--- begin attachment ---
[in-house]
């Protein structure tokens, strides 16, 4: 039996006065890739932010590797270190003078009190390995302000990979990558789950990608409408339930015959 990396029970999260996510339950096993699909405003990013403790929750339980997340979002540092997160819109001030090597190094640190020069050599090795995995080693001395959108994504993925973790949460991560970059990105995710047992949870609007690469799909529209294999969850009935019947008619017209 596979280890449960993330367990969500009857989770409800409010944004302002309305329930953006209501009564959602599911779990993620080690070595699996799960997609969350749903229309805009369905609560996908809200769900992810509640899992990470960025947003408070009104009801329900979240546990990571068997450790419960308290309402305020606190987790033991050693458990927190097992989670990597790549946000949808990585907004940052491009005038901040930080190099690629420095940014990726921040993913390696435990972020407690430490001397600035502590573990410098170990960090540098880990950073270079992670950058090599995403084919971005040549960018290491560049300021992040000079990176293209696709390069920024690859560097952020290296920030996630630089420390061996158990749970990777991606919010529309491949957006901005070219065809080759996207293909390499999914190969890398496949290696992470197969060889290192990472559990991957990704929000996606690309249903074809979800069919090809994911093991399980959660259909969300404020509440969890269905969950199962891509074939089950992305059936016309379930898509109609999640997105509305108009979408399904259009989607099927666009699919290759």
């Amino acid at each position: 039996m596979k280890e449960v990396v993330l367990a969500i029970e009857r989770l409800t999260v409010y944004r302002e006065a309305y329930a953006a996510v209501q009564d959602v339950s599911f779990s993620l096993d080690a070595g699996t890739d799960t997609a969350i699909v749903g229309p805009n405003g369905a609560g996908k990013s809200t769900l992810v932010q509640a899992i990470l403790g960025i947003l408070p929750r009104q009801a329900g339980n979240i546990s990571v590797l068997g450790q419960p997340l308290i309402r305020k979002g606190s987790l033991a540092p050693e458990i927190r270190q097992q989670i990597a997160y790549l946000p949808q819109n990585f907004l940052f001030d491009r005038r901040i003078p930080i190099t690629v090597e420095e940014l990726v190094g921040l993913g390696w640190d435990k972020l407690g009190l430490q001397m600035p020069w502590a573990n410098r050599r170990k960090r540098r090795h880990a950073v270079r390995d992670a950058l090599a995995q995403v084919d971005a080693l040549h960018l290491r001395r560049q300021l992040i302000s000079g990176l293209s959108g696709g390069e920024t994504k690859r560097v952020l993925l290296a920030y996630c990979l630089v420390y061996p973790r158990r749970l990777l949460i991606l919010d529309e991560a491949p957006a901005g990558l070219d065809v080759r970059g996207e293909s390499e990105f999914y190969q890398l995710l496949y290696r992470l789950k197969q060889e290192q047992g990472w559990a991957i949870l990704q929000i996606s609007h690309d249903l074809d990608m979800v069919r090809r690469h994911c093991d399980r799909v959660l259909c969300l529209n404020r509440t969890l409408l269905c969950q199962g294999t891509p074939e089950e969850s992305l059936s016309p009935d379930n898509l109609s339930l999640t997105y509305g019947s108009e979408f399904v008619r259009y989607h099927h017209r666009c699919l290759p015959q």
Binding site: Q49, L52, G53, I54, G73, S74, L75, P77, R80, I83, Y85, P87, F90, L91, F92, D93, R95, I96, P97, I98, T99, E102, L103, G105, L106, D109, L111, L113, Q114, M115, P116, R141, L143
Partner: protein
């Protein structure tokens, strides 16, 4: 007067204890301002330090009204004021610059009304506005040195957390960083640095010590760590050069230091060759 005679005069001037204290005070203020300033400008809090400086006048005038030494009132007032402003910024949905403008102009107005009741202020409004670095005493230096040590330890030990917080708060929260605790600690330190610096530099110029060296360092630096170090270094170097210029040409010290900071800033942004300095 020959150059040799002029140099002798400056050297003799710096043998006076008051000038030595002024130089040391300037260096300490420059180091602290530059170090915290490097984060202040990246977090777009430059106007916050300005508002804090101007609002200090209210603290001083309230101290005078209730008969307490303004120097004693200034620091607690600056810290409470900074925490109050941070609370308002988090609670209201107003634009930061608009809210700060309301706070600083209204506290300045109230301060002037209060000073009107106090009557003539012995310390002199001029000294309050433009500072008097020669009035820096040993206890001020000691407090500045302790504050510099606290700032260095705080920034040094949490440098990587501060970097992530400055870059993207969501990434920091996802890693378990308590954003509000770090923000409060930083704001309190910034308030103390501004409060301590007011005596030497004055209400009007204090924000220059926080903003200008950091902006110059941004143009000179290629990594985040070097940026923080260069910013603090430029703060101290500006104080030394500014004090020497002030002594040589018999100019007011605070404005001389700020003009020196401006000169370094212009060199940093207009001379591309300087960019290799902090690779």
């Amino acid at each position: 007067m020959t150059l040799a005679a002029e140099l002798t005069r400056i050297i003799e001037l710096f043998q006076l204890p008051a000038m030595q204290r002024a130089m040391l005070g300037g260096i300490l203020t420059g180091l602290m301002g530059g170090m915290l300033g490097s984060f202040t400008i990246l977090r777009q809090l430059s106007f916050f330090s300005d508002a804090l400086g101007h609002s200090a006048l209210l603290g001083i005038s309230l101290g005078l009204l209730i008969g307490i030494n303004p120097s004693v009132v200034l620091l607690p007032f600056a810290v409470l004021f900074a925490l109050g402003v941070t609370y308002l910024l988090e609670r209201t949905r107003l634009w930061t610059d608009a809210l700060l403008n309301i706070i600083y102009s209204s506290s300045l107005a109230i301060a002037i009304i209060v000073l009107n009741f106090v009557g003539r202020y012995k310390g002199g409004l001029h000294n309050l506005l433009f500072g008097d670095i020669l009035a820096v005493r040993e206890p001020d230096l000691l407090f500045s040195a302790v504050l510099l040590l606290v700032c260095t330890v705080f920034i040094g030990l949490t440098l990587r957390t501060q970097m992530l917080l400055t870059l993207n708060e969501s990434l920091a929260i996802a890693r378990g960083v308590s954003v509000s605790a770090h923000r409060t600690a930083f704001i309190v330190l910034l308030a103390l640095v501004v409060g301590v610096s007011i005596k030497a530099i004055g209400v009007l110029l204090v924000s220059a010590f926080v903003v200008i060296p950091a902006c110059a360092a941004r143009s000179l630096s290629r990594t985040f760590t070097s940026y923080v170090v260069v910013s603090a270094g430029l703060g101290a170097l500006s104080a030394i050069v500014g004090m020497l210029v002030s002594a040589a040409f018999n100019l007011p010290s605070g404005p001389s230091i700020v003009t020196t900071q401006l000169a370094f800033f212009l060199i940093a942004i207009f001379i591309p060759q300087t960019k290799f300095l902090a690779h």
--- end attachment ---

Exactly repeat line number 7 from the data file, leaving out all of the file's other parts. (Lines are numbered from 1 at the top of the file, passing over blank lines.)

């Amino acid at each position: 007067m020959t150059l040799a005679a002029e140099l002798t005069r400056i050297i003799e001037l710096f043998q006076l204890p008051a000038m030595q204290r002024a130089m040391l005070g300037g260096i300490l203020t420059g180091l602290m301002g530059g170090m915290l300033g490097s984060f202040t400008i990246l977090r777009q809090l430059s106007f916050f330090s300005d508002a804090l400086g101007h609002s200090a006048l209210l603290g001083i005038s309230l101290g005078l009204l209730i008969g307490i030494n303004p120097s004693v009132v200034l620091l607690p007032f600056a810290v409470l004021f900074a925490l109050g402003v941070t609370y308002l910024l988090e609670r209201t949905r107003l634009w930061t610059d608009a809210l700060l403008n309301i706070i600083y102009s209204s506290s300045l107005a109230i301060a002037i009304i209060v000073l009107n009741f106090v009557g003539r202020y012995k310390g002199g409004l001029h000294n309050l506005l433009f500072g008097d670095i020669l009035a820096v005493r040993e206890p001020d230096l000691l407090f500045s040195a302790v504050l510099l040590l606290v700032c260095t330890v705080f920034i040094g030990l949490t440098l990587r957390t501060q970097m992530l917080l400055t870059l993207n708060e969501s990434l920091a929260i996802a890693r378990g960083v308590s954003v509000s605790a770090h923000r409060t600690a930083f704001i309190v330190l910034l308030a103390l640095v501004v409060g301590v610096s007011i005596k030497a530099i004055g209400v009007l110029l204090v924000s220059a010590f926080v903003v200008i060296p950091a902006c110059a360092a941004r143009s000179l630096s290629r990594t985040f760590t070097s940026y923080v170090v260069v910013s603090a270094g430029l703060g101290a170097l500006s104080a030394i050069v500014g004090m020497l210029v002030s002594a040589a040409f018999n100019l007011p010290s605070g404005p001389s230091i700020v003009t020196t900071q401006l000169a370094f800033f212009l060199i940093a942004i207009f001379i591309p060759q300087t960019k290799f300095l902090a690779h």